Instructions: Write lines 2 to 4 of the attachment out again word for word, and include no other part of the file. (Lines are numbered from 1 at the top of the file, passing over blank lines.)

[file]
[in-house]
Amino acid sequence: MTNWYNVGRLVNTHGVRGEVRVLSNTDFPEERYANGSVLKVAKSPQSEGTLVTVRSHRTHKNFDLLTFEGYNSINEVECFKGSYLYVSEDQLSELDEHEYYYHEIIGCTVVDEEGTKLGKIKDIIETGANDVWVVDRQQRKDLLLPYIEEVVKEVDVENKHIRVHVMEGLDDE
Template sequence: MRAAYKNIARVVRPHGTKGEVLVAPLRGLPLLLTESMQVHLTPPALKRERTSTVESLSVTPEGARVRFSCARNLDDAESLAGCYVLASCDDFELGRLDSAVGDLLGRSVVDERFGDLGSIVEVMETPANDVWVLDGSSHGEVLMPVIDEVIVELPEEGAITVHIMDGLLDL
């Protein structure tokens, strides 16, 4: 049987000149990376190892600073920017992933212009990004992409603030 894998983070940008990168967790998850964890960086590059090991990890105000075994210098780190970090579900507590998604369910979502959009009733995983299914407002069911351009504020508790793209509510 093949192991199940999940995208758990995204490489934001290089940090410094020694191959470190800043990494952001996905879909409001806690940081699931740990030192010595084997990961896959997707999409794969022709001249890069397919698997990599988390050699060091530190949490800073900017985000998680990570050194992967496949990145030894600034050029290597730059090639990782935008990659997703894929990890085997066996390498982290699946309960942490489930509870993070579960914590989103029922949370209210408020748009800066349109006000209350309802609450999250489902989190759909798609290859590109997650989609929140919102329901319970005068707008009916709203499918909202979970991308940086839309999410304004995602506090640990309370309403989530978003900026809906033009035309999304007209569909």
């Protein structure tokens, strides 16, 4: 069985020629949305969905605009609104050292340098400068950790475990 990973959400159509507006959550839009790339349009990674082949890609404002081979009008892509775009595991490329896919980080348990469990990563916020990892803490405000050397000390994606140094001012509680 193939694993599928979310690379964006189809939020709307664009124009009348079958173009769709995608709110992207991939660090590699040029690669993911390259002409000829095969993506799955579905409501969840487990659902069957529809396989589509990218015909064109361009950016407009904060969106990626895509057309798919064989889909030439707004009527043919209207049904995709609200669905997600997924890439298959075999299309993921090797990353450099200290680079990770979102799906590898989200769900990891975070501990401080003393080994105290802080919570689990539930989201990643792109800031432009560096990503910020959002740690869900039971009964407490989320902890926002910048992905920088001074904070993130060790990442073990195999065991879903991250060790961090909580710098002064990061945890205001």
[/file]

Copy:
Amino acid sequence: MTNWYNVGRLVNTHGVRGEVRVLSNTDFPEERYANGSVLKVAKSPQSEGTLVTVRSHRTHKNFDLLTFEGYNSINEVECFKGSYLYVSEDQLSELDEHEYYYHEIIGCTVVDEEGTKLGKIKDIIETGANDVWVVDRQQRKDLLLPYIEEVVKEVDVENKHIRVHVMEGLDDE
Template sequence: MRAAYKNIARVVRPHGTKGEVLVAPLRGLPLLLTESMQVHLTPPALKRERTSTVESLSVTPEGARVRFSCARNLDDAESLAGCYVLASCDDFELGRLDSAVGDLLGRSVVDERFGDLGSIVEVMETPANDVWVLDGSSHGEVLMPVIDEVIVELPEEGAITVHIMDGLLDL
């Protein structure tokens, strides 16, 4: 049987000149990376190892600073920017992933212009990004992409603030 894998983070940008990168967790998850964890960086590059090991990890105000075994210098780190970090579900507590998604369910979502959009009733995983299914407002069911351009504020508790793209509510 093949192991199940999940995208758990995204490489934001290089940090410094020694191959470190800043990494952001996905879909409001806690940081699931740990030192010595084997990961896959997707999409794969022709001249890069397919698997990599988390050699060091530190949490800073900017985000998680990570050194992967496949990145030894600034050029290597730059090639990782935008990659997703894929990890085997066996390498982290699946309960942490489930509870993070579960914590989103029922949370209210408020748009800066349109006000209350309802609450999250489902989190759909798609290859590109997650989609929140919102329901319970005068707008009916709203499918909202979970991308940086839309999410304004995602506090640990309370309403989530978003900026809906033009035309999304007209569909």